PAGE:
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Blair determined blasts will not stop summit deals

July 7, 2005

By Andrew Gray

GLENEAGLES, Scotland (Reuters) – Determined not to be
deterred by deadly bomb attacks, British Prime Minister Tony
Blair has returned to a summit of world leaders to finalize
agreements on Friday on climate change and aid to Africa.

Blair left the meeting in Scotland on Thursday — while the
other leaders of the Group of Eight (G8) industrialized nations
pushed on with discussions — to handle the aftermath of the
attacks in London that killed at least 37 people.

The G8 members and other leaders attending the summit put
on a strong show of solidarity with Britain before Blair flew
to London. They stood shoulder to shoulder with him as he read
out a joint statement vowing not to be defeated by terrorism.

The flags of the G8 nations flew at half mast around the
summit site, the Gleneagles hotel in the Scottish countryside.

Foreign Secretary Jack Straw said the attacks, which
wounded about 700 people, bore all the hallmarks of the Islamic
militant al Qaeda network.

The leaders promised not to be deflected from pursuing the
agenda set out by Blair as this year’s president of the G8 –
to tackle global warming and provide more aid, debt relief and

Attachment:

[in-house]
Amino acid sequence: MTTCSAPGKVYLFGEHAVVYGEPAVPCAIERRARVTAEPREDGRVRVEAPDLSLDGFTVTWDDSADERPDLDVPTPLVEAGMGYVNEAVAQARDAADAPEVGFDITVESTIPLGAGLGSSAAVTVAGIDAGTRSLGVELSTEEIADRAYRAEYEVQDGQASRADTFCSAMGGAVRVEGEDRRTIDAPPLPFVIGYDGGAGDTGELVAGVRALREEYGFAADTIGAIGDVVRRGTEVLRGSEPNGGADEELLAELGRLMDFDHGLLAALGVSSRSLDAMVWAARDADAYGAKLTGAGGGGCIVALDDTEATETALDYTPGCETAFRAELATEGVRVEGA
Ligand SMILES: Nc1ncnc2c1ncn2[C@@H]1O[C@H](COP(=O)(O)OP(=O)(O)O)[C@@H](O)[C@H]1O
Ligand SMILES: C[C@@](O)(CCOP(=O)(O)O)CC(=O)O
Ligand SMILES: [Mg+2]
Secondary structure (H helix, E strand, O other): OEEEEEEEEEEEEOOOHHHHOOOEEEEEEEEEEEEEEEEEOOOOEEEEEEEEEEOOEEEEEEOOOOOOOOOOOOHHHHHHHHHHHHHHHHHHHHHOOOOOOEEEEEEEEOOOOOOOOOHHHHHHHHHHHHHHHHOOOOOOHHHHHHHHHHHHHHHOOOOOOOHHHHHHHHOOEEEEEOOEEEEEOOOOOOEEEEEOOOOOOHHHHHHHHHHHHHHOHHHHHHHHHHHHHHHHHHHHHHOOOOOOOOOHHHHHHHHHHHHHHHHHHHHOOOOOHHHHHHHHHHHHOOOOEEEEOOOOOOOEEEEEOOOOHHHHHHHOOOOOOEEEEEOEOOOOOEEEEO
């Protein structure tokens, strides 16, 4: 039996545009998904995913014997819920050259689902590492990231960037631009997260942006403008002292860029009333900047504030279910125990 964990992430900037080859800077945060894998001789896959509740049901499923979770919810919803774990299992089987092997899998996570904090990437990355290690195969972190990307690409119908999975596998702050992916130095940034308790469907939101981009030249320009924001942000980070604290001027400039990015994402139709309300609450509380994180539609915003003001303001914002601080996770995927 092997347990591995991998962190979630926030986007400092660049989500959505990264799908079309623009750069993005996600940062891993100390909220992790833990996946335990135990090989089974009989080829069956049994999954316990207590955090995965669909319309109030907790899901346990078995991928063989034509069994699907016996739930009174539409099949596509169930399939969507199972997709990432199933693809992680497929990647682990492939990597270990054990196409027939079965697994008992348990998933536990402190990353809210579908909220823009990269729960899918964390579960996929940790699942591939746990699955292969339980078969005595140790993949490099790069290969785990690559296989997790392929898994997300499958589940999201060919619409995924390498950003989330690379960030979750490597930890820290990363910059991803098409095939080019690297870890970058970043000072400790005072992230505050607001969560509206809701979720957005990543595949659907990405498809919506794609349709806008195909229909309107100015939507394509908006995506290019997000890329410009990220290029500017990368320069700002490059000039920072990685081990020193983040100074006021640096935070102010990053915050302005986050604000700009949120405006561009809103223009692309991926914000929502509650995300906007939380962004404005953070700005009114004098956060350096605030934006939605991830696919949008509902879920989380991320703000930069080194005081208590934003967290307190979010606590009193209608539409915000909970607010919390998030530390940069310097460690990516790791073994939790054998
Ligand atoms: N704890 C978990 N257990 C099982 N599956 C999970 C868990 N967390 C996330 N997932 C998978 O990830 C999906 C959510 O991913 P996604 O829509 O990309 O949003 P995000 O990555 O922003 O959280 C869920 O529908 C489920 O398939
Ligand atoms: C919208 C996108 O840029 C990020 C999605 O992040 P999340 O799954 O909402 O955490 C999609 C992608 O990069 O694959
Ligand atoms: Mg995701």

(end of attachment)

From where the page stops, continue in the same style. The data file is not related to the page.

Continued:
trade reforms to help Africa.

Blair flew back to Gleneagles on Thursday evening. In his
absence, G8 officials agreed the final text of an accord on
climate change which the summit is expected to ratify.

The text seen by Reuters says there is a need for urgent
action to combat global warming but sets no measurable targets.

CLIMATE COMPROMISE

Campaigners said the text had been watered down by the
United States to the point of being meaningless. Washington
says its economy would suffer from targets to cut carbon
emissions that scientists say cause global warming.

“Thanks to the Bush administration, the world’s biggest
polluters have given little hope to those already suffering
from climate change, especially those in Africa who will be hit
hardest by climate damage,” said Jennifer Morgan of
conservation group WWF.

Blair has declared the widespread poverty and suffering in
Africa “a scar on the conscience of the world” and promised to
use his G8 presidency to push for a range of measures including
a doubling of development aid to the continent.

The drive has attracted widespread public support and
high-profile backing from rock stars and celebrities,
demonstrated by the Live 8 concerts around the world in the
build-up to the summit to pressure the G8.

But other G8 nations including the United States and
Germany have rejected a British proposal to double funding for
Africa immediately by borrowing against future aid budgets.

Officials have indicated African nations may have to settle
for a pledge to double aid by 2010 — a boost Blair’s
supporters will say would have been impossible without his
lobbying.

But some campaigners say it is a compromise that would cost
many lives.

“What is on offer now is $50 billion in five years time.
This is 55 million children too late,” said Caroline
Sande-Mukulira, a senior official at charity ActionAid.

“Moreover, less than half is new money,” she added. “And if
you check the small print, it still comes with damaging strings
attached.”




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